Start your free membership trial to get instant access to over 175 other video courses, movies, interviews, or other presentations. Plus Q&A with experts, etc.
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Here’s what our members have said about the presentation (in additon to giving it a 4.9/5 rating):
So pleased to have heard Dr David Dikeman’s Type 1 lecture on dietdoctor ! Straight talking that I needed to hear 30 years ago, when all we got was doubt and prevarication from our clinics!
– Luz
Fantastic presentation, Dr. Dikeman. Thanks for all you do to help others improve their health.
– Stacy
As usual, a very good presentation.
The very informative and high quality presentations here in the video section is what makes paying for my membership so very worth it. I would only wish for even more of Continue reading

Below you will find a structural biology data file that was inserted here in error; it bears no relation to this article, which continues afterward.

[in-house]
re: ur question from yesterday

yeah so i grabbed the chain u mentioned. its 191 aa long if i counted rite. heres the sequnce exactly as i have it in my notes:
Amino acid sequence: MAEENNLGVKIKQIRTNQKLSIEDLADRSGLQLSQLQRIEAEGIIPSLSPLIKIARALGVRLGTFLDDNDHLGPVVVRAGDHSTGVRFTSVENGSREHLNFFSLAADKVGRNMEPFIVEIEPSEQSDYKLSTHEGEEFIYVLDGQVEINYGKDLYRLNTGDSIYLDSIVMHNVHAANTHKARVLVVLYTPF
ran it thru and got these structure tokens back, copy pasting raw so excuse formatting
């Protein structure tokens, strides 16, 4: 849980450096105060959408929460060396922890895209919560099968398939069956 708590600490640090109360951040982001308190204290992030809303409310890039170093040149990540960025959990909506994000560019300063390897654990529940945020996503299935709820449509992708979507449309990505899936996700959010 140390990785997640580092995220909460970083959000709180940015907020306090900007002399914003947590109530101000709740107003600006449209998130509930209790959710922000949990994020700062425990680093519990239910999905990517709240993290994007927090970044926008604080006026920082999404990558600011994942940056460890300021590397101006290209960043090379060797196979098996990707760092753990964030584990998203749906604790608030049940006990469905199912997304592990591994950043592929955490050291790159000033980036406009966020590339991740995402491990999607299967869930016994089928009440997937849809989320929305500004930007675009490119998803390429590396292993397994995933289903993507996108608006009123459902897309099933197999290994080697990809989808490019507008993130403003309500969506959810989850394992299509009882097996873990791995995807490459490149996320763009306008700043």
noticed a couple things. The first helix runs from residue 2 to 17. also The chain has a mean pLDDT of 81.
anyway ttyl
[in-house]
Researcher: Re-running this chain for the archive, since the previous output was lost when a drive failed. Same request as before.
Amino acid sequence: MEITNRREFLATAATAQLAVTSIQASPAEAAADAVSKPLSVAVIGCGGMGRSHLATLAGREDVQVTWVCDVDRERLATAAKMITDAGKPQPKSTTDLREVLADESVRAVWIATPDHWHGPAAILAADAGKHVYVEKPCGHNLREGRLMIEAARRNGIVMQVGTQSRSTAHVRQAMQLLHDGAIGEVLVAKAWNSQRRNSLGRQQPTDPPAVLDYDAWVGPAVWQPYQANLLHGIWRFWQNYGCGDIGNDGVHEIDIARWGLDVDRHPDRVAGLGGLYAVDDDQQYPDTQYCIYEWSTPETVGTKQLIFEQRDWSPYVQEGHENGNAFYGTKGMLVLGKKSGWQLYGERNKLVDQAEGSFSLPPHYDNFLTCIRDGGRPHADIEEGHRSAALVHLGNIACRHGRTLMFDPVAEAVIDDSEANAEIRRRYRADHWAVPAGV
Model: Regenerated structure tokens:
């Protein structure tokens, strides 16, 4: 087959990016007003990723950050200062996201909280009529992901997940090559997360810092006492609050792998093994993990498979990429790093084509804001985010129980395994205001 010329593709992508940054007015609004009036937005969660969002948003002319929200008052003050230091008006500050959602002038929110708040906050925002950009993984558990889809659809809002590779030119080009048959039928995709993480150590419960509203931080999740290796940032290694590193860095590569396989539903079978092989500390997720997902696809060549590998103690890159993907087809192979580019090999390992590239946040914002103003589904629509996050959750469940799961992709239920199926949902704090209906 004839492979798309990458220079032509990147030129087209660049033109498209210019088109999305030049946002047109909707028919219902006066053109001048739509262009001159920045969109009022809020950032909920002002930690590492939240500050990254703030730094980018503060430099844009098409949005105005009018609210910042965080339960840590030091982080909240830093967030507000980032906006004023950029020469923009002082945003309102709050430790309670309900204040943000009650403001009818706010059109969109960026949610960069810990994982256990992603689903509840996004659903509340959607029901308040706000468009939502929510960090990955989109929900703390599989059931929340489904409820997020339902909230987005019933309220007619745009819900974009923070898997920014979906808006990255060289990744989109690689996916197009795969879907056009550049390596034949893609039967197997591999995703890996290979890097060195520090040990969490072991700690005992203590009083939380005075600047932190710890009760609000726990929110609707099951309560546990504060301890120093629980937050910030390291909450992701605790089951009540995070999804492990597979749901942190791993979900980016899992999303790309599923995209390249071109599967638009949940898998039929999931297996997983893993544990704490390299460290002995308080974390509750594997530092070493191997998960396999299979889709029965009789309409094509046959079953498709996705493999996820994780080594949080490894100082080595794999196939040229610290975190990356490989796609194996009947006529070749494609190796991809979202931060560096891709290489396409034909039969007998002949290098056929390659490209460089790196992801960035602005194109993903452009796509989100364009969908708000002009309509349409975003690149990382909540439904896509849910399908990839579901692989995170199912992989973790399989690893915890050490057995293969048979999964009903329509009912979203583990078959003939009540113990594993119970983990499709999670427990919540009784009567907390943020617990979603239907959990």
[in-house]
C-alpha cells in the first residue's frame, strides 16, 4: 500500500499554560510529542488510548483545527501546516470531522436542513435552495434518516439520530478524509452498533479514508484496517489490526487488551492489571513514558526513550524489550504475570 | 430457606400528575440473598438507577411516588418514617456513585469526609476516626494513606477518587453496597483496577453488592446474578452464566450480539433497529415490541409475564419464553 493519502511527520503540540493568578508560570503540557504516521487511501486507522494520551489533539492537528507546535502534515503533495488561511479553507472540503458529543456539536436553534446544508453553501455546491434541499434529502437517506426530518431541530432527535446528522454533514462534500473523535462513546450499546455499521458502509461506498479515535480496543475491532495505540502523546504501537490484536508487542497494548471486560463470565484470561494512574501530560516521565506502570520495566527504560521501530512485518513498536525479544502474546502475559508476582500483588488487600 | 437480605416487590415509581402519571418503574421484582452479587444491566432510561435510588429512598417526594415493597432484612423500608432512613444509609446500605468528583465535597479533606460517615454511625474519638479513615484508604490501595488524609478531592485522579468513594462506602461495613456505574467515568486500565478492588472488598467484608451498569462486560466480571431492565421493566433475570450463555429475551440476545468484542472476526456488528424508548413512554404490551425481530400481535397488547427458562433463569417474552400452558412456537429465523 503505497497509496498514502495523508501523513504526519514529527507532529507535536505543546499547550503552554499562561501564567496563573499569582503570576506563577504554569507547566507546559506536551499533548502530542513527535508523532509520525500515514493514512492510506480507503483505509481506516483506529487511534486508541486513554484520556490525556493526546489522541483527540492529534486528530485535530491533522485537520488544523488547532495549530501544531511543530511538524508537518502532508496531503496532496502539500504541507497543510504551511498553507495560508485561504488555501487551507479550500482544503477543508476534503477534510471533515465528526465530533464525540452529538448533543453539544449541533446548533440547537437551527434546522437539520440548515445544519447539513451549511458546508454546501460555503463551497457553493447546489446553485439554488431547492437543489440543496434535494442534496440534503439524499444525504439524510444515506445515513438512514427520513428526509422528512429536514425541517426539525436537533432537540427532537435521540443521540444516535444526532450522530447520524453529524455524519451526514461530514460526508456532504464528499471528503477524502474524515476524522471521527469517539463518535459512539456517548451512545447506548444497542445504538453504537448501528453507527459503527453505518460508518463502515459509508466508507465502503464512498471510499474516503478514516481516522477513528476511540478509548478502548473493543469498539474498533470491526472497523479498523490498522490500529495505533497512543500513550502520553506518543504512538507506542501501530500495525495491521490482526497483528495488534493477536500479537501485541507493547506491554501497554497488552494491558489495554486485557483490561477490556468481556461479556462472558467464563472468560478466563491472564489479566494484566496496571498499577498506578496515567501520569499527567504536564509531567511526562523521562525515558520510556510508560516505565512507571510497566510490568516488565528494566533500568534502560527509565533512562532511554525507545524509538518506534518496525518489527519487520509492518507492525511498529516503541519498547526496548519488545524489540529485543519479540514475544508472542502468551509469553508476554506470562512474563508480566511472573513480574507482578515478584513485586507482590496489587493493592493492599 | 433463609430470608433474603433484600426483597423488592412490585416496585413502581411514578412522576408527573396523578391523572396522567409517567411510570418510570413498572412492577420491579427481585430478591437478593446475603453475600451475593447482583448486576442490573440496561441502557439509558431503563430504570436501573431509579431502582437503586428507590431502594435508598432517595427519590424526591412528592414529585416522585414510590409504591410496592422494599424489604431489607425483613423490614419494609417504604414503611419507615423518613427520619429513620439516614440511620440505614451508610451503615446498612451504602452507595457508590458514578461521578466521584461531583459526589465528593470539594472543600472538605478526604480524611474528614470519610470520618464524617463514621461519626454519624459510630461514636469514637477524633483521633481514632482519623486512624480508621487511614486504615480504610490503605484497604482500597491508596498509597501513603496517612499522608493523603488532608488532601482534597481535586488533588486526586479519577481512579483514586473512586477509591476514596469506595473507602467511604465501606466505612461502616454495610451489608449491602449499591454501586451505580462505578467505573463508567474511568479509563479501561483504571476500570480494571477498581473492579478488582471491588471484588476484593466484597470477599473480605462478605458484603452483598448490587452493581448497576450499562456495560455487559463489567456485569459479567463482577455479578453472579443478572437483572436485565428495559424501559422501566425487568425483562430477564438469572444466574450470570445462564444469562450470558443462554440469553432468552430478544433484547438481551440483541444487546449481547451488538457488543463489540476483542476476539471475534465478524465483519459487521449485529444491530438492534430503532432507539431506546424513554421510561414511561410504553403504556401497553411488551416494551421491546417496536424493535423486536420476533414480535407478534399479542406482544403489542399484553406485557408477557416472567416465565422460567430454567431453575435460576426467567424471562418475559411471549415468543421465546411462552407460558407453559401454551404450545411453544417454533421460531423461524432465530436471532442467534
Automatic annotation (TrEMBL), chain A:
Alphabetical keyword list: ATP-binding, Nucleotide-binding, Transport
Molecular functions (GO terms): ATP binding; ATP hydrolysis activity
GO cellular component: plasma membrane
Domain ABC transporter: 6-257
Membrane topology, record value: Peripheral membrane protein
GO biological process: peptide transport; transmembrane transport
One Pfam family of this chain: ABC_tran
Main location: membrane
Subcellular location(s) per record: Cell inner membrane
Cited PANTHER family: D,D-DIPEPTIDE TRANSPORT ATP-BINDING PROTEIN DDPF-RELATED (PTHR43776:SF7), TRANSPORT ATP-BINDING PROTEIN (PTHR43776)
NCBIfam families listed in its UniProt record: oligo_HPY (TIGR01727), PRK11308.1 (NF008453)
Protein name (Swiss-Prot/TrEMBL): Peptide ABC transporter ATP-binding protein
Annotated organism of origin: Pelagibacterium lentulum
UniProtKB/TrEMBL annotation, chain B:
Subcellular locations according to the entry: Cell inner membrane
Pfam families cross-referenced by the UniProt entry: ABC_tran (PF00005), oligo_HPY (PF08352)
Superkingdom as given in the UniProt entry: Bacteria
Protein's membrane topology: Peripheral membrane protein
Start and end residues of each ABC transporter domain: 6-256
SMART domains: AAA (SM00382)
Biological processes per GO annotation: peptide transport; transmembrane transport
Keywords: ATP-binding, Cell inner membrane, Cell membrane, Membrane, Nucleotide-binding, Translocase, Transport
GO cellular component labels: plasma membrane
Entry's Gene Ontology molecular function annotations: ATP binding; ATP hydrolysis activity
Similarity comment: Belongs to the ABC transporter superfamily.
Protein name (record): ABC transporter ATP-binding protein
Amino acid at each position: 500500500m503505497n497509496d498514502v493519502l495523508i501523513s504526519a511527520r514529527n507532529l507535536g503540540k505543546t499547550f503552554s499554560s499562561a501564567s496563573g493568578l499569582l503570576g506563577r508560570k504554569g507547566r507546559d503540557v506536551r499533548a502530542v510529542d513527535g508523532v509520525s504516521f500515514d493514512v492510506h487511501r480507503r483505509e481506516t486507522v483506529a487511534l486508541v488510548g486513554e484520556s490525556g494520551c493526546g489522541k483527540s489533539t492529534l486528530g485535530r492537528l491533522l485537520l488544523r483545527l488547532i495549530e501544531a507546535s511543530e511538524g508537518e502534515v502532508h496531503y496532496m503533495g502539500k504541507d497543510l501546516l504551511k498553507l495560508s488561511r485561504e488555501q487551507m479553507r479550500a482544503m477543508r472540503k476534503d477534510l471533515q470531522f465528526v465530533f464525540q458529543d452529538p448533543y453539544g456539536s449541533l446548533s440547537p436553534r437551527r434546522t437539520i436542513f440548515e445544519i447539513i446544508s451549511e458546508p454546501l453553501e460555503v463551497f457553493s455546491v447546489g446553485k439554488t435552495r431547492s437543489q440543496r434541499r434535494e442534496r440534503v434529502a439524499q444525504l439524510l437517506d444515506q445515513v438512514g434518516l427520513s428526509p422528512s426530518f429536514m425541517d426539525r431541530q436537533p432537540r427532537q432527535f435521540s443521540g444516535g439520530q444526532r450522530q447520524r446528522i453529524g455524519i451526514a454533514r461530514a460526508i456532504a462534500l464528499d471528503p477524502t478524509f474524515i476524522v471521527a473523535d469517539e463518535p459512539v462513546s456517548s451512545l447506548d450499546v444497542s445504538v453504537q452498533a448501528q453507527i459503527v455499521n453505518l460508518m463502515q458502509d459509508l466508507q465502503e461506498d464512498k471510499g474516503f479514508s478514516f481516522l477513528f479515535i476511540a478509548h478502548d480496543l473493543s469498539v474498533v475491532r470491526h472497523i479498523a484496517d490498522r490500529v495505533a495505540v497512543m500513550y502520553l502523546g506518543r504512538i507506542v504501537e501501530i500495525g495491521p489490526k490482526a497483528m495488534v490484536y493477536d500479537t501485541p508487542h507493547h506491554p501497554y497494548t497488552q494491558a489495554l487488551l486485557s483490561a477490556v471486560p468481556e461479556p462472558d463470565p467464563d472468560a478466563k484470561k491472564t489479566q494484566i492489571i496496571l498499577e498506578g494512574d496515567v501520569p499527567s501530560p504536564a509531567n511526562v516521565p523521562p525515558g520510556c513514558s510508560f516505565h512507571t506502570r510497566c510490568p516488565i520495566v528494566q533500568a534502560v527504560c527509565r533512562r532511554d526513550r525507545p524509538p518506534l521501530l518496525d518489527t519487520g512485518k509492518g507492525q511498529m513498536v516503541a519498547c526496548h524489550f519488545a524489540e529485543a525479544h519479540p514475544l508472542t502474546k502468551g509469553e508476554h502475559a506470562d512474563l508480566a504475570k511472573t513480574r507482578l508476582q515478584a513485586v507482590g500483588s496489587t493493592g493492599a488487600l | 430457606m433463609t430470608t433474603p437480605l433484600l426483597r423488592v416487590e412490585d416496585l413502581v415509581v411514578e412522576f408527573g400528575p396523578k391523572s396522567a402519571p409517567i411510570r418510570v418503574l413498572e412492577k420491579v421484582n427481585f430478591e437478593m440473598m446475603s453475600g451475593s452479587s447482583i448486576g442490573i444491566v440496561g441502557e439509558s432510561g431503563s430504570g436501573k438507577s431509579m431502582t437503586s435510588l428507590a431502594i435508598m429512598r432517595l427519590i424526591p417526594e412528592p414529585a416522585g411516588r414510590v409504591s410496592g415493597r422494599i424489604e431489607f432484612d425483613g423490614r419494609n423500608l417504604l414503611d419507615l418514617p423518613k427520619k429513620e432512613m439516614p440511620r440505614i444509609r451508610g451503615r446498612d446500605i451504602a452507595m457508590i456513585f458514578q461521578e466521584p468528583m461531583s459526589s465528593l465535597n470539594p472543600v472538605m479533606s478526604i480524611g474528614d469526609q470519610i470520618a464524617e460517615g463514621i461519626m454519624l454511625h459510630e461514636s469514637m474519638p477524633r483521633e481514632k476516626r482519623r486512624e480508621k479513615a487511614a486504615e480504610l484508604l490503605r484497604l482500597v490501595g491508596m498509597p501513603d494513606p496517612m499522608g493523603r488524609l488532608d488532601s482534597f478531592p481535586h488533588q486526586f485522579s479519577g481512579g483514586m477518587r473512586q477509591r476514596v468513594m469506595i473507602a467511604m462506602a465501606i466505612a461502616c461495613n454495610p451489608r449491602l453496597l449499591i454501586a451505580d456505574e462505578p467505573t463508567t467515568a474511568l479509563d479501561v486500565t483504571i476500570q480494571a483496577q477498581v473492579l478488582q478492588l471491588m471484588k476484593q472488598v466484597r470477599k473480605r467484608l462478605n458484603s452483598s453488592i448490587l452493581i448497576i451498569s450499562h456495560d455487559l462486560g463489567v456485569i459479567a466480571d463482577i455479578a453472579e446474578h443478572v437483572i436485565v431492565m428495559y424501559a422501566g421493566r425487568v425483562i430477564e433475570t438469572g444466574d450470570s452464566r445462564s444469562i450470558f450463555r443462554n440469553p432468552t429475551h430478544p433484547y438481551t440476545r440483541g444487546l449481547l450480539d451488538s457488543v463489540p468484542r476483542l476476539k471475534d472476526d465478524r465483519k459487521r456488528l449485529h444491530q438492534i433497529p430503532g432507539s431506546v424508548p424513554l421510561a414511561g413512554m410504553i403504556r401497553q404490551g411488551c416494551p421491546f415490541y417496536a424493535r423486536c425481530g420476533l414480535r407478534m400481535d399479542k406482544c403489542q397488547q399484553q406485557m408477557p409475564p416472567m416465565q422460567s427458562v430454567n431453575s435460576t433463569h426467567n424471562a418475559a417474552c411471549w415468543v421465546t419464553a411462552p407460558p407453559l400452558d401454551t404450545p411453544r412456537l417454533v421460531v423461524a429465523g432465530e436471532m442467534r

CVS-Aetna Merger Could Provide Benefits for People with Diabetes

CVS-Aetna Merger Could Provide Benefits for People with Diabetes

The bid to purchase health-insurance giant Aetna by pharmacy super-giant CVS would be more than just a merging of corporate interests. It also would affect consumers in some very palpable ways.
It’s not at all clear whether some of the changes would be positive or negative for consumers overall. But the merger could provide some clear benefits for people with diabetes, who are likely to find more healthcare services at their local CVS that are conveniently close and might save them visits to the doctor or hospital.
That’s because part of the plan is for Aetna to encourage its members to seek out care for minor issues at CVS’ Minute Clinics instead of at traditional doctor’s offices. The clinics are now located at 1,100 of CVS’ nearly 10,000 stores but that number is likely to grow dramatically. The clinics also would offer a larger range of services provided by nurses or physician’s assistants.
For people with chronic health issues such as diabetes that require monitoring and related services, this could be a real help. In fact, a press release from the two companies specifically mentioned the up sides for people with diabetes in their press release.